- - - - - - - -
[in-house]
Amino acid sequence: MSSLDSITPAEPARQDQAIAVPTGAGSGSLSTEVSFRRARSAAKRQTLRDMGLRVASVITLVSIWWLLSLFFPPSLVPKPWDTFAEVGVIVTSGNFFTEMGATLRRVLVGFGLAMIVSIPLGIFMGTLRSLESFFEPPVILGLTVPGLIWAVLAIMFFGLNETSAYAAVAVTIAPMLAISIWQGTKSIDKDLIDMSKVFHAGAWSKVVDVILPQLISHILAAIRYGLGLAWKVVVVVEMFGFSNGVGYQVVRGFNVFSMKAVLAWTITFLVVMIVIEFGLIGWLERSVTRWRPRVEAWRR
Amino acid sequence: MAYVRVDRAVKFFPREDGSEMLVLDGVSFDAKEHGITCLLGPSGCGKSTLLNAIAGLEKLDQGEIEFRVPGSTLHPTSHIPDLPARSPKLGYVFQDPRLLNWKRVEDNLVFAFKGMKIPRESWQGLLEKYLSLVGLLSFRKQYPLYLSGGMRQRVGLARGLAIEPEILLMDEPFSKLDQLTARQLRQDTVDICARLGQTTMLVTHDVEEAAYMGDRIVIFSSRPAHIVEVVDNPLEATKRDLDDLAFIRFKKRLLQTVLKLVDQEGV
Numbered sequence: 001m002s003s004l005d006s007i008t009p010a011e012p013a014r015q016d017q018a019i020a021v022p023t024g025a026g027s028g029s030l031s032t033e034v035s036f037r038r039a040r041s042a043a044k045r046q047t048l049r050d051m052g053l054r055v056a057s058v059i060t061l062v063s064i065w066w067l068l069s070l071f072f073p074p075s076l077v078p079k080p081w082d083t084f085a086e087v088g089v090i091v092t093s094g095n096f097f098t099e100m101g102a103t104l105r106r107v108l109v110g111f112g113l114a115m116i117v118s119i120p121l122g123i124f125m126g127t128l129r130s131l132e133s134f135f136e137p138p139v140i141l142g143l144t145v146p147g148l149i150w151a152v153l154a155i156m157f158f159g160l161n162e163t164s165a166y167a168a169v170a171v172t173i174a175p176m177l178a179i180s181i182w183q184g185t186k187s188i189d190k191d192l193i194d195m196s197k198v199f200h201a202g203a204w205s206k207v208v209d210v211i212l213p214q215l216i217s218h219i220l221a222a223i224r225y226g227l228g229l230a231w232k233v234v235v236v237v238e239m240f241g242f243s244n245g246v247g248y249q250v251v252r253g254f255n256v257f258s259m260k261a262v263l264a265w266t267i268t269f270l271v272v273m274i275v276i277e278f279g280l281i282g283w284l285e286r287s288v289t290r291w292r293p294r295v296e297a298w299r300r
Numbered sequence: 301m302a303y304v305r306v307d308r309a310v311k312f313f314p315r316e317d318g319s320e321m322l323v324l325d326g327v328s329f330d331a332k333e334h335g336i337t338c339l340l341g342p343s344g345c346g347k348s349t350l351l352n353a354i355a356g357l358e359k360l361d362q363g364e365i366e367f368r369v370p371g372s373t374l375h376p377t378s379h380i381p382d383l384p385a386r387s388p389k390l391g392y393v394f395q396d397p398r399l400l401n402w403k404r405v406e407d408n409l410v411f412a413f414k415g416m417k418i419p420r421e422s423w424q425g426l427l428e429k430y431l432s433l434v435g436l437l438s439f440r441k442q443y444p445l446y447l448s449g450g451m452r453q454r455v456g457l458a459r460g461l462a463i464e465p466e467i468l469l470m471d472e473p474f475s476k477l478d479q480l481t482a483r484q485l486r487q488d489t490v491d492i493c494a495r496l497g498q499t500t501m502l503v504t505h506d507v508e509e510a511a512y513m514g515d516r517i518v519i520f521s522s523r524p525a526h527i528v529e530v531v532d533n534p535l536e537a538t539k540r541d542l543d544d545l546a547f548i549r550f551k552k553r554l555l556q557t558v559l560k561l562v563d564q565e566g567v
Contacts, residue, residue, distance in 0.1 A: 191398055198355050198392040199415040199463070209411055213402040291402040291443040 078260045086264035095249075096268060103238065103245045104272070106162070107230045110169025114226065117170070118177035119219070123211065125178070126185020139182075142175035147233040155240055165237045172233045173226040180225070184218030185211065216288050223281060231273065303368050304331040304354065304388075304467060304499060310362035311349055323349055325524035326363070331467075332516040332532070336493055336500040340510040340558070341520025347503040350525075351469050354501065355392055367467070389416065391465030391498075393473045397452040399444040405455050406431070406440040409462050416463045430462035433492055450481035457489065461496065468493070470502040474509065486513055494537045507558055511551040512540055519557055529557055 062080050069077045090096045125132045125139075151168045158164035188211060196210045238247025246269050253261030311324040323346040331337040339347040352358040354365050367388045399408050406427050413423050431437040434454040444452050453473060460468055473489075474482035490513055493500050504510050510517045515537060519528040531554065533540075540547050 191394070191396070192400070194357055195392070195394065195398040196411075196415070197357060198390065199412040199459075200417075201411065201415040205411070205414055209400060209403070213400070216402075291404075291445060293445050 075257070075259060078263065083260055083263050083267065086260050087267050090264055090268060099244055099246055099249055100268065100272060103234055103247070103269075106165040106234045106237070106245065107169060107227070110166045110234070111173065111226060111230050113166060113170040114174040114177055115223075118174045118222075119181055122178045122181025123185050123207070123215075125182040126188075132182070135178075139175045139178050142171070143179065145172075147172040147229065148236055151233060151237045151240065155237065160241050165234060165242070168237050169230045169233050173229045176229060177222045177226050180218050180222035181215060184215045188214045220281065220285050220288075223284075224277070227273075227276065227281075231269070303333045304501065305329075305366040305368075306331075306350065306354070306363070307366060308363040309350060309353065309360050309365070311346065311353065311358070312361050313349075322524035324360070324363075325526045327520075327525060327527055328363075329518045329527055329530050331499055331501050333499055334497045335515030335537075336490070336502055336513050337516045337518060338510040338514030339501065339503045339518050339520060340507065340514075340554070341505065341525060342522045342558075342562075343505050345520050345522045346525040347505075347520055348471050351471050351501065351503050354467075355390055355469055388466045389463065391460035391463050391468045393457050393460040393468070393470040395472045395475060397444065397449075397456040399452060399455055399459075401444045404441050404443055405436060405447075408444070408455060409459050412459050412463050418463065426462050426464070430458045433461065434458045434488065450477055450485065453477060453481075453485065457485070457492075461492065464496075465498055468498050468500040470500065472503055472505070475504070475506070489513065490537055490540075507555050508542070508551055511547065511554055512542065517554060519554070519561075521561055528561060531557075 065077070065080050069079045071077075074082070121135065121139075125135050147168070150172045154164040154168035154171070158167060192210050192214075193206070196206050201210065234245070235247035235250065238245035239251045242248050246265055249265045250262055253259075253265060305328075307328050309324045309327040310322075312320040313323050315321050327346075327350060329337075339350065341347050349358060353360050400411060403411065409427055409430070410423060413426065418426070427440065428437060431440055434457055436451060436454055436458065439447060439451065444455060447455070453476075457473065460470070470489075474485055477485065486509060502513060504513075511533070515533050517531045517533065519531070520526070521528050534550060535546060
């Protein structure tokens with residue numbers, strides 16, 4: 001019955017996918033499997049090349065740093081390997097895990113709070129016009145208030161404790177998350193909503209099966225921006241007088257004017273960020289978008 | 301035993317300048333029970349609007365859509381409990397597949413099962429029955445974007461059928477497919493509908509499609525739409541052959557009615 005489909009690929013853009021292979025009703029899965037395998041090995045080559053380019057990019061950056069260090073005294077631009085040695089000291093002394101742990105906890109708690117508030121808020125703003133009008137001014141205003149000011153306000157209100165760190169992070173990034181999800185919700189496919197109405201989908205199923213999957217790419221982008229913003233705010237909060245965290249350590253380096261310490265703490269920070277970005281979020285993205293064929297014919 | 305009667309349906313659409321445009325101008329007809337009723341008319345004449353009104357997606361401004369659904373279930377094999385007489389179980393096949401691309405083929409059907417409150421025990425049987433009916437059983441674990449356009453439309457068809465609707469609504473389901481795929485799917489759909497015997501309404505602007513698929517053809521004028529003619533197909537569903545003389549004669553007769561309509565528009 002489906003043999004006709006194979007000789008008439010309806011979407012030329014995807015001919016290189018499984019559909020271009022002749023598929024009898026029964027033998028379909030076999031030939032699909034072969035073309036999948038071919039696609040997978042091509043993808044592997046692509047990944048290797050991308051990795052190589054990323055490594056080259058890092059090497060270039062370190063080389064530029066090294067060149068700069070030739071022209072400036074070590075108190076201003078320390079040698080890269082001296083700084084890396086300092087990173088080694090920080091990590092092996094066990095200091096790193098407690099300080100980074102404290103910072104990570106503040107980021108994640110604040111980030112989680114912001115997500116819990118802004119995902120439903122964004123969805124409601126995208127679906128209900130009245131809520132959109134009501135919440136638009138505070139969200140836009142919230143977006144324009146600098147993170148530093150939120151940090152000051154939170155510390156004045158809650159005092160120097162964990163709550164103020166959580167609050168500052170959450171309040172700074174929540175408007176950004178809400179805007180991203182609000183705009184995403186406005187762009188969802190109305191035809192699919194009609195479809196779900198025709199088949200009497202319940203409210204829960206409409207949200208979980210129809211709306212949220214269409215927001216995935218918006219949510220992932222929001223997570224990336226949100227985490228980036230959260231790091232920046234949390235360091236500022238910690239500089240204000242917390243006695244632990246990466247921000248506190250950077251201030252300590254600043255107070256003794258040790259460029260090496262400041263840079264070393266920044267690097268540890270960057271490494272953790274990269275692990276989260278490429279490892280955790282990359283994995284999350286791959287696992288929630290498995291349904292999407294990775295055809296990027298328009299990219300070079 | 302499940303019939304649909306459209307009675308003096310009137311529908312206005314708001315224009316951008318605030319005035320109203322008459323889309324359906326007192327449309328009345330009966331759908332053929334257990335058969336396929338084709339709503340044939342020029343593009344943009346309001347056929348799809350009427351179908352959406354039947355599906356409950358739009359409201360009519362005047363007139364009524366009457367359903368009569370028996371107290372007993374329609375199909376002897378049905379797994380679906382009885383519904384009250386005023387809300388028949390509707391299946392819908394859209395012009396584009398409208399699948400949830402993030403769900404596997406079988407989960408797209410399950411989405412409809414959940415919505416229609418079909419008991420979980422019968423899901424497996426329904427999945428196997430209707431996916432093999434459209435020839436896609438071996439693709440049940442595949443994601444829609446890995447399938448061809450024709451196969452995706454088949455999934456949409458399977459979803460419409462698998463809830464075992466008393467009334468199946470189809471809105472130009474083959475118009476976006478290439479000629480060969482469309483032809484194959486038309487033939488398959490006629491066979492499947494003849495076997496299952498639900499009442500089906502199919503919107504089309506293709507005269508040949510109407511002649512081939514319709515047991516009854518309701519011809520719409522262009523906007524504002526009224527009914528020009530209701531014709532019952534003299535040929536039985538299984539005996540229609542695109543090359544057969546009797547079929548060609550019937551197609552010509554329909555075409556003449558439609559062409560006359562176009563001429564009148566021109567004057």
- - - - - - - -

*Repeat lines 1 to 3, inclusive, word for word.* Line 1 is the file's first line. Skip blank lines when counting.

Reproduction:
[in-house]
Amino acid sequence: MSSLDSITPAEPARQDQAIAVPTGAGSGSLSTEVSFRRARSAAKRQTLRDMGLRVASVITLVSIWWLLSLFFPPSLVPKPWDTFAEVGVIVTSGNFFTEMGATLRRVLVGFGLAMIVSIPLGIFMGTLRSLESFFEPPVILGLTVPGLIWAVLAIMFFGLNETSAYAAVAVTIAPMLAISIWQGTKSIDKDLIDMSKVFHAGAWSKVVDVILPQLISHILAAIRYGLGLAWKVVVVVEMFGFSNGVGYQVVRGFNVFSMKAVLAWTITFLVVMIVIEFGLIGWLERSVTRWRPRVEAWRR
Amino acid sequence: MAYVRVDRAVKFFPREDGSEMLVLDGVSFDAKEHGITCLLGPSGCGKSTLLNAIAGLEKLDQGEIEFRVPGSTLHPTSHIPDLPARSPKLGYVFQDPRLLNWKRVEDNLVFAFKGMKIPRESWQGLLEKYLSLVGLLSFRKQYPLYLSGGMRQRVGLARGLAIEPEILLMDEPFSKLDQLTARQLRQDTVDICARLGQTTMLVTHDVEEAAYMGDRIVIFSSRPAHIVEVVDNPLEATKRDLDDLAFIRFKKRLLQTVLKLVDQEGV